Primrose Hill to Hollywood

By Leonardo Shaw (aged 15)

Primrose Hill has seen its fair share of movie crews, careering around with their trailers and props. Although the frequent film crews can cause traffic jams, for all the strife, it is fun to try and poke your head through the crowd to see if there are any famous actors in the neighbourhood. It’s great that the place we choose to live is also the place where so many of the world’s filmmakers choose to set their stories. Some of these crews have gone on to create … well not always masterpieces, but definitely some fun films. Here are just a few of the best.

 

Paddington and Paddington 2

Anyone local to Chalcot Square might have come across Hugh Bonneville and his furry friend filming around the crescent. These family-friendly ventures were adored by many and truly embraced the pantomime-esque story involving a little bear from Peru.

101 Dalmatians

A literary and film classic,101 Dalmatians has captured the hearts of children and adults alike. Up at the top of Primrose Hill, Pongo and his wife Perdita barked a call for help to find their missing pups. Many a time has a passing tourist waited through the bitter cold evening in an attempt to hear the starlight barking. However, it does not exist. Oh well … you win some, you lose some.

The Lady in the Van

If you cross under the railway and over the canal, before you get to Camden Market, you will come round another famous crescent, Gloucester Crescent. This street used to be home to playwright Alan Bennett and an eccentric lady living in his driveway. After many different interpretations of the book, 2015 brought the story to the silver screen.

Filming in Alan Bennett’s old house, Maggie Smith and Alex Jennings took us on a crazy journey spanning fifteen years. Not only did this film attract unanimous praise, but we are lucky to be able to revisit the scenic crescent on our way to the Tube.

Bridget Jones and The Edge of Reason

This guilty-pleasure chick-flick was embraced by a generation of young flamboyant Brits and went on to inspire two very popular sequels. Our local scene is the opening dream sequence in the second of the trilogy. It entails our heroine skipping and dancing around on the top of Primrose Hill. This iconic viewpoint epitomises the peace of the hilltop contrasted with the backdrop of crazy bustling London city.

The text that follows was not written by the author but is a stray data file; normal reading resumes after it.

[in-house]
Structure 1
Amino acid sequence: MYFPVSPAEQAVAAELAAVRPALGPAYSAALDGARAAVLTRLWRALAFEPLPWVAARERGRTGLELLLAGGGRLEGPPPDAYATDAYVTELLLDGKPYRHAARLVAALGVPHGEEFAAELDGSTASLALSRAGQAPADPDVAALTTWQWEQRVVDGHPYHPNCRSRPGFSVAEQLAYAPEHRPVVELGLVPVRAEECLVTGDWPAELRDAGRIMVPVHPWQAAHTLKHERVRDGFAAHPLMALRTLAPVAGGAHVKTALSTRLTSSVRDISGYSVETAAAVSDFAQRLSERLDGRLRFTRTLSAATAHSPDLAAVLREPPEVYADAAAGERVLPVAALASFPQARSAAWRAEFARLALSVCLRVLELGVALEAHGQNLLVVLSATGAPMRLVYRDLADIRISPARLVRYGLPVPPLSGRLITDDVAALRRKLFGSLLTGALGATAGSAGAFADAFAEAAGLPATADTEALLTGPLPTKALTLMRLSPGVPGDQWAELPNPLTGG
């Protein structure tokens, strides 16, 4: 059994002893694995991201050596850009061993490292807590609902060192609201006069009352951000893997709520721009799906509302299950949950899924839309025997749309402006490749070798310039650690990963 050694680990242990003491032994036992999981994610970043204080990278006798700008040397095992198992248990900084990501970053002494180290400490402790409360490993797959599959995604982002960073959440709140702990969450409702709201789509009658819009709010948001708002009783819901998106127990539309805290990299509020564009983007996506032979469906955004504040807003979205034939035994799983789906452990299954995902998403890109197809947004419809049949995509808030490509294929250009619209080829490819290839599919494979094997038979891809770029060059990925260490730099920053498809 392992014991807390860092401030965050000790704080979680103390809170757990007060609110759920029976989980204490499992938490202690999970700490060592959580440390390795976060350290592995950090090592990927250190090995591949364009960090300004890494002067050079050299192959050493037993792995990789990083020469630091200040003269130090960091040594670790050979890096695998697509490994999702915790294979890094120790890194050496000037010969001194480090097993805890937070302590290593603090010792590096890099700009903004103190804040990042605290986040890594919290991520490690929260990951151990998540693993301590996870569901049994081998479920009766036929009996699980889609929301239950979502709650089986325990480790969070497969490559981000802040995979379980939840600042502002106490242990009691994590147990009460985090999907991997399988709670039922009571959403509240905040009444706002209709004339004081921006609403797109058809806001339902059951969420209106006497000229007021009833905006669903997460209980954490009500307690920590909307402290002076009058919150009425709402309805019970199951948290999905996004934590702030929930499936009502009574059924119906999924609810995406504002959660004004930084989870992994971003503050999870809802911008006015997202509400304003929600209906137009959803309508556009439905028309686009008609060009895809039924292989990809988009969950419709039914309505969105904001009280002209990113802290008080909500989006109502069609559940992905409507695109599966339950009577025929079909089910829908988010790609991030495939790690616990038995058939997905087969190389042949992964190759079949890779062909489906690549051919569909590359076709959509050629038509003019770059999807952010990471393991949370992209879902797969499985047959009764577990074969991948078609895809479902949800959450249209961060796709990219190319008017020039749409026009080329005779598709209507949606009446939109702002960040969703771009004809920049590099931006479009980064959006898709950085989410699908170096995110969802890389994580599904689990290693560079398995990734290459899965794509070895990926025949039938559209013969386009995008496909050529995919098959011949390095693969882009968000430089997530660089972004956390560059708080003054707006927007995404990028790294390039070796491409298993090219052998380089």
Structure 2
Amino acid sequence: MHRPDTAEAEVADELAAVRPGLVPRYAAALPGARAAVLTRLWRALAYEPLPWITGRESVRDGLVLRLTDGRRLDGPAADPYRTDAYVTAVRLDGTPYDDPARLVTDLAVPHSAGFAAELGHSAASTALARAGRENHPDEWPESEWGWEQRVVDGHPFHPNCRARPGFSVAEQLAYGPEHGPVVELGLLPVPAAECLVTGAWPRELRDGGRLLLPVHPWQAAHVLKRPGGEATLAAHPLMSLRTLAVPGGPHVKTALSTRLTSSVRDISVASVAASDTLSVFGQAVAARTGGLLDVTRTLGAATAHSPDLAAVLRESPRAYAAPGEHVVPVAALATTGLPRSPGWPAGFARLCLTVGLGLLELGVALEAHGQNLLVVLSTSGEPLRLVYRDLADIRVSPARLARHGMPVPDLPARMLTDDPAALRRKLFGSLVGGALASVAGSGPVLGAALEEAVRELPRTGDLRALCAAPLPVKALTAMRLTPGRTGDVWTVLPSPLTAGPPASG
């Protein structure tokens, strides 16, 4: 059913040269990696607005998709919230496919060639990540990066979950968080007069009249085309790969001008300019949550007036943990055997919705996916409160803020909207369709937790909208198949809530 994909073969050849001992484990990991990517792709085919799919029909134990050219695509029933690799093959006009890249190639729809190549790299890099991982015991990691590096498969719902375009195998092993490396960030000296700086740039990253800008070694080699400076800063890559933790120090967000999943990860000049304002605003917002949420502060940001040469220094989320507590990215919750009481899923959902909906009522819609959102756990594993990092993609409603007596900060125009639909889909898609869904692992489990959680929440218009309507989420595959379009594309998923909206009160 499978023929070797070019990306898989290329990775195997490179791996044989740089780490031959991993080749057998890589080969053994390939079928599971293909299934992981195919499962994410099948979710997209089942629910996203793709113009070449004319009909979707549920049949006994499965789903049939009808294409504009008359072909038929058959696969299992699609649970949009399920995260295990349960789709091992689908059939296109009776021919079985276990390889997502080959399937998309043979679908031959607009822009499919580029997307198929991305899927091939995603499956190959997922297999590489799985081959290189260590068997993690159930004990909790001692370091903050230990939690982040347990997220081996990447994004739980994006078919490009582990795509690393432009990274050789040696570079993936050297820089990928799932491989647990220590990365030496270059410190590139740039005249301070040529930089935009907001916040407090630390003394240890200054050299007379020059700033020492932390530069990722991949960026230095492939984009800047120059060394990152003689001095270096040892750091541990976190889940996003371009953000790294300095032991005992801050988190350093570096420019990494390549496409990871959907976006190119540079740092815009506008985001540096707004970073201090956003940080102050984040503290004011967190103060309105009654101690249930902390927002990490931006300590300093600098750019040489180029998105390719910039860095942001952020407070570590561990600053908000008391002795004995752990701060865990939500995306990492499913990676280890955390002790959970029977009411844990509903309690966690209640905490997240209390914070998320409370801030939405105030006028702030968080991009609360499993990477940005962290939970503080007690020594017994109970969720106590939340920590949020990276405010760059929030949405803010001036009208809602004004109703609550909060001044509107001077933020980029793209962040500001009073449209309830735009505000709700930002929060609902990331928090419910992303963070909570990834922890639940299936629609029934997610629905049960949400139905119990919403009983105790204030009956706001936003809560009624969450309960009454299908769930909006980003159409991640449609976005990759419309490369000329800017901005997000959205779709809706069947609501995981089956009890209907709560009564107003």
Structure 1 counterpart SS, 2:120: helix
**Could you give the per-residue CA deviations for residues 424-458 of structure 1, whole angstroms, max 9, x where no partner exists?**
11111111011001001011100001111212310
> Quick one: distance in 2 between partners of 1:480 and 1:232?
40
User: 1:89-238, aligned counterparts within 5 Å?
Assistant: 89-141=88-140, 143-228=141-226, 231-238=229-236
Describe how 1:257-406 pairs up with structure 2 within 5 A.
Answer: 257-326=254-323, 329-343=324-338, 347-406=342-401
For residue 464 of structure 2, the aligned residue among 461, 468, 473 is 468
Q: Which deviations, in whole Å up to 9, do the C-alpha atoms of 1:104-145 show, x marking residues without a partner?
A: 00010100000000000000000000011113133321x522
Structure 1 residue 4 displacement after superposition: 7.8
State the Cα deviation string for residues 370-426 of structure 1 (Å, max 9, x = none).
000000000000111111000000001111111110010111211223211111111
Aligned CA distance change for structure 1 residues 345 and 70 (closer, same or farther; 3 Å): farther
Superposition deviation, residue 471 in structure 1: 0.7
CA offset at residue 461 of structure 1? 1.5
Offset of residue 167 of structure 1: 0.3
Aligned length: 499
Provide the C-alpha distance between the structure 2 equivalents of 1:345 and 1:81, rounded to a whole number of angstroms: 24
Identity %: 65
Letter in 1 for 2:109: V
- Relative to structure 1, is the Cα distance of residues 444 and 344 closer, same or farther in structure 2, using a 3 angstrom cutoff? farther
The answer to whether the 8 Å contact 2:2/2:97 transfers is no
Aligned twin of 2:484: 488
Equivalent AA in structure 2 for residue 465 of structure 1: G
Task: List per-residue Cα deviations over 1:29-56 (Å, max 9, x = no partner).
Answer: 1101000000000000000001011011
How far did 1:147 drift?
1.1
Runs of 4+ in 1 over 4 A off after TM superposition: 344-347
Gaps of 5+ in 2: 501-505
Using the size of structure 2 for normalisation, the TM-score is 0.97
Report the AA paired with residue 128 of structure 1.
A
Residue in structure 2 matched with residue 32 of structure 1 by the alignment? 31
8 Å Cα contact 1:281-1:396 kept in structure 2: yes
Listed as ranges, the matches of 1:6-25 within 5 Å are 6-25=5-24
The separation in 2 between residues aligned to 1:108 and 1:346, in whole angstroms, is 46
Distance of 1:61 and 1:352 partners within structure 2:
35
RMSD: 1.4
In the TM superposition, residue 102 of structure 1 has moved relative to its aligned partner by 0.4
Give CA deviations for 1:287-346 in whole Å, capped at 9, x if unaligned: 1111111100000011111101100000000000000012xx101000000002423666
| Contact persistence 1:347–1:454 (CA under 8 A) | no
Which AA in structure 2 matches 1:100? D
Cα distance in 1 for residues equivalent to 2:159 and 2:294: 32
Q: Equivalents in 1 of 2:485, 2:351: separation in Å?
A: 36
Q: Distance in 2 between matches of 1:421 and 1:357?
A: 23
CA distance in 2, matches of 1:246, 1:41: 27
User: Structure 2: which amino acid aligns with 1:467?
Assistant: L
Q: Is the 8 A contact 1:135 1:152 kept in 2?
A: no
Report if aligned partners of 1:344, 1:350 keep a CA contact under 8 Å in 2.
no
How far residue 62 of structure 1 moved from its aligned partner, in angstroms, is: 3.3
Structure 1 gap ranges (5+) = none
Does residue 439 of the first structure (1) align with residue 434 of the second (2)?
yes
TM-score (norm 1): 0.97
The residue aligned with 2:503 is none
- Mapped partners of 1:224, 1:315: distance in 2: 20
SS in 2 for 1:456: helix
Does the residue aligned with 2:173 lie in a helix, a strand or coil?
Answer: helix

From Paddington to Bridget Jones, our village seems to represent a peculiarly British vibe, and it’s clear that Hollywood have picked up on Primrose Hill showcasing the best of Britain. Perhaps one day we can truly claim to be the Hollywood of Europe.

Leonardo Shaw is a 15-year-old Primrose Hill resident who has lived his whole life in the area. He is a film buff who loves all kinds of films, whether or not they are made in Primrose Hill.

Main photo by Jason Pittock

1 thought on “Primrose Hill to Hollywood

  1. I was born in 1957 in Chalcot Square and can remember two movies made there in the early 1960’s; Allez France aka The Counterfeit Constable was an ango french farce which starred French comedian Robert Dhery and a host of British comic actors and Dianna Dors. Dhery played Henri a French rugby fan who through a series of mishaps impersonates a policeman. Two scenes were filmed in and around Chalcot Square. Us local children were used in a scene, we had to sit on the church wall in Berkeley road and watch the actors run up the road – we were all given ice creams from a local Italian restaurant to eat as they ran past. Another science was shot just on the corner of Chalcot Square, I spoilt the first take by walking into shot to join my friend who had been positioned to be in the background.
    Another film made around the same time starred Harry H Corbett – better known for Steptoe and son, ‘The rattle of a simple man’ which follows the exploits of a group of northern football fans go on a coach trip to watch a Cup Final in London. Filming took place in and around 38 Chalcot Square, where my older brother was ‘trapped’ inside whilst a scene was completed. Scenes from both these fils showing now and then can be found on the http://www.reelstreets.com web site which is dedicated to identifying where movies were made in the UK.

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